A Nationwide Campylobacter Outbreak
The dangerous infection was tracked down to people across the nation who had either recently purchased a Petland puppy, worked at Petland, visited a Petland, visited or live in a home with a Petland puppy, reported the Miami Herald.
“Most people who become ill with campylobacteriosis get diarrhea, cramping, abdominal pain, and fever within two to five days after exposure to the organism,” said the CDC. “The diarrhea may be bloody and can be accompanied by nausea and vomiting. The illness typically lasts about one week.
How to Avoid Getting Infected with Campylobacter Bacteria
First, always wash your hands thoroughly with soap and water or use hand sanitizer after touching a dog, after handling their food, and after cleaning up after them, recommends the CDC. When you clean up after your dog (pee, poop or vomit) use disposable gloves and wash your hands afterwards. To disinfect the area, use a mixture of water and bleach.
As much as we love our pets, don’t let them lick around your mouth and face. If you have an open wound it’s especially risky to let your dog lick the broken skin area.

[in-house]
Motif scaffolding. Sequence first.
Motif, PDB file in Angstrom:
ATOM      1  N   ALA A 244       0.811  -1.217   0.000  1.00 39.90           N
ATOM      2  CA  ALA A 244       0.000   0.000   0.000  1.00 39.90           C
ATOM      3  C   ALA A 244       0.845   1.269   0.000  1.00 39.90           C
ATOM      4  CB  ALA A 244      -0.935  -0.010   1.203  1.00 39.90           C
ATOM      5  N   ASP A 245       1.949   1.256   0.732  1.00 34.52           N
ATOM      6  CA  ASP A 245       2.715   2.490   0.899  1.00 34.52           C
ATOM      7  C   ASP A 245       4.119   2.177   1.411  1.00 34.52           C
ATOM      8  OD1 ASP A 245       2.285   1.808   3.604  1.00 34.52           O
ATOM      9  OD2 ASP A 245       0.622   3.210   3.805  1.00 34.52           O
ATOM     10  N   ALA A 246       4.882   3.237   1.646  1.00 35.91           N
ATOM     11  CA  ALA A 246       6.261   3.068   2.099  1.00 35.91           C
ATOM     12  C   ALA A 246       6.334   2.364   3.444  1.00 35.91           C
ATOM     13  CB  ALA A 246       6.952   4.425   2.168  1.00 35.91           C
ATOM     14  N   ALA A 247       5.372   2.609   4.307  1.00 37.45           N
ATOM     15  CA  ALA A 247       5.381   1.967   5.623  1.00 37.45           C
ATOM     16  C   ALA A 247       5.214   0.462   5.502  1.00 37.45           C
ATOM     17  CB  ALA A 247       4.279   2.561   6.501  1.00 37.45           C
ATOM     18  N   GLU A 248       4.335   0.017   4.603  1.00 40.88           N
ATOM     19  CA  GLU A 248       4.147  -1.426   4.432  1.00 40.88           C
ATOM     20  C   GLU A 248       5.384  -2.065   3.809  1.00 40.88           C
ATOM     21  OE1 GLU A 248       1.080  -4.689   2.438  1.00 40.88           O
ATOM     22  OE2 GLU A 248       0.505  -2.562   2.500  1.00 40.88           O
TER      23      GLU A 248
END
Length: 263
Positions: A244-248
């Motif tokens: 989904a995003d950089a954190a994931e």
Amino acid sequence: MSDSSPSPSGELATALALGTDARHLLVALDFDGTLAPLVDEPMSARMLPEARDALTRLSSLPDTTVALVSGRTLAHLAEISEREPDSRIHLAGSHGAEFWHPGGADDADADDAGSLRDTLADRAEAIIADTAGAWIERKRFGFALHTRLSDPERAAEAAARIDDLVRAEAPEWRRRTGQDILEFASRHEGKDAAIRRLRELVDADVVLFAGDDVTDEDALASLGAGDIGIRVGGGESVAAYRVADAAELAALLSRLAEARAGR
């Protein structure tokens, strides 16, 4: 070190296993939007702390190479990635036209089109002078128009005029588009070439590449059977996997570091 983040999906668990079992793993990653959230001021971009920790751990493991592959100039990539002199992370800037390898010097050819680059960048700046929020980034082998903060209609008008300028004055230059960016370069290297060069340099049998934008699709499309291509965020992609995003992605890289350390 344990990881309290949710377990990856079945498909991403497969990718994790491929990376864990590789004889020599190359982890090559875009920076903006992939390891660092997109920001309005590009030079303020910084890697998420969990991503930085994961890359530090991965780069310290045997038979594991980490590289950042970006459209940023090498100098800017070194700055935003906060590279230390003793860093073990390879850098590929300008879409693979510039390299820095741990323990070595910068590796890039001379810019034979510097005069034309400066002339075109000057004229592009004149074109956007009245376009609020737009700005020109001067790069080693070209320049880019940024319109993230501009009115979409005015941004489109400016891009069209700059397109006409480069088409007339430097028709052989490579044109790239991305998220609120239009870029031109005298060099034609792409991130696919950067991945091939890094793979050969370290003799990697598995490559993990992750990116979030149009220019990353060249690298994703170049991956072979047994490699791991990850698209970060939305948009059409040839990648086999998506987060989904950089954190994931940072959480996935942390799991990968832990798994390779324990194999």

And remember, take your dog to the veterinarian when you first purchase it and then on a regular basis to keep it healthy and to help prevent the spread of disease.
The CDC also suggests picking a puppy or dog that’s bright, alert, and playful to avoid taking home a sick animal. But be aware that even a dog that appears healthy can spread germs to people and other animals.
Not Just Puppies, Chickens are Culprits, Too
Next time you break out that cutting board to dice up some raw chicken breast make sure to wash it with plenty of soap and water right before and right after using it. Though campylobacter infections are most often associated most often with poultry, unpasteurized dairy products, along with untreated water, and produce can also spread the bacteria. According to the CDC, a single drop of juice from raw chicken can have enough campylobacter in it to infect someone.
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